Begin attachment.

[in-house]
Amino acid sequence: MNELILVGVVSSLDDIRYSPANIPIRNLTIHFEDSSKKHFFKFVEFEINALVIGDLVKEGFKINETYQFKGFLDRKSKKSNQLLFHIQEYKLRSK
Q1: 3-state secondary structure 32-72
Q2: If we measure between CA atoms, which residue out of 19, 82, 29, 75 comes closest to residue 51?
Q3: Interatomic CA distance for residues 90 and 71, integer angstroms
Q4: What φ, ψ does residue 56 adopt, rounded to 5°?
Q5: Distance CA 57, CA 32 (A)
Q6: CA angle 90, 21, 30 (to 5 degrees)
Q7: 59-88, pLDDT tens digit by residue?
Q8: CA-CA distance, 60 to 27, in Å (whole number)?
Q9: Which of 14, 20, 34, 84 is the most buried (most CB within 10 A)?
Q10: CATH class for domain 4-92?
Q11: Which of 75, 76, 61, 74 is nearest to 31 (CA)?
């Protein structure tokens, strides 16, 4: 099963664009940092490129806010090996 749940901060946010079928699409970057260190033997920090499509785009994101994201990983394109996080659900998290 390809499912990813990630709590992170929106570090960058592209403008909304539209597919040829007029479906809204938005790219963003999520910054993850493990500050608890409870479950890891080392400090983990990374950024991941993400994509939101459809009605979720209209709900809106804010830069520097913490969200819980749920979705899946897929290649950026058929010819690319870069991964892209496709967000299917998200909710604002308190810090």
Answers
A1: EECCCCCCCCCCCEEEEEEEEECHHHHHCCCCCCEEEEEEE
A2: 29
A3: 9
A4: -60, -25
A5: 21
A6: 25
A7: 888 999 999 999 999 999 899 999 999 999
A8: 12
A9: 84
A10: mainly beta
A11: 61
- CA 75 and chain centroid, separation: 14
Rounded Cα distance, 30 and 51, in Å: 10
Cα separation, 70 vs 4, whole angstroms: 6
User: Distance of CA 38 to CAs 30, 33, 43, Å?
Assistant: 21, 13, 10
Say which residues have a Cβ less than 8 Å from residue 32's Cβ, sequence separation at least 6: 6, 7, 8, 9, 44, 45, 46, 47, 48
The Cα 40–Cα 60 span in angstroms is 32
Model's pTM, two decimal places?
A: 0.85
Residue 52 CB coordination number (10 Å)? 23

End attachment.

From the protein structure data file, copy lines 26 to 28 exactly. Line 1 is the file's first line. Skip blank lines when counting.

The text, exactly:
A11: 61
- CA 75 and chain centroid, separation: 14
Rounded Cα distance, 30 and 51, in Å: 10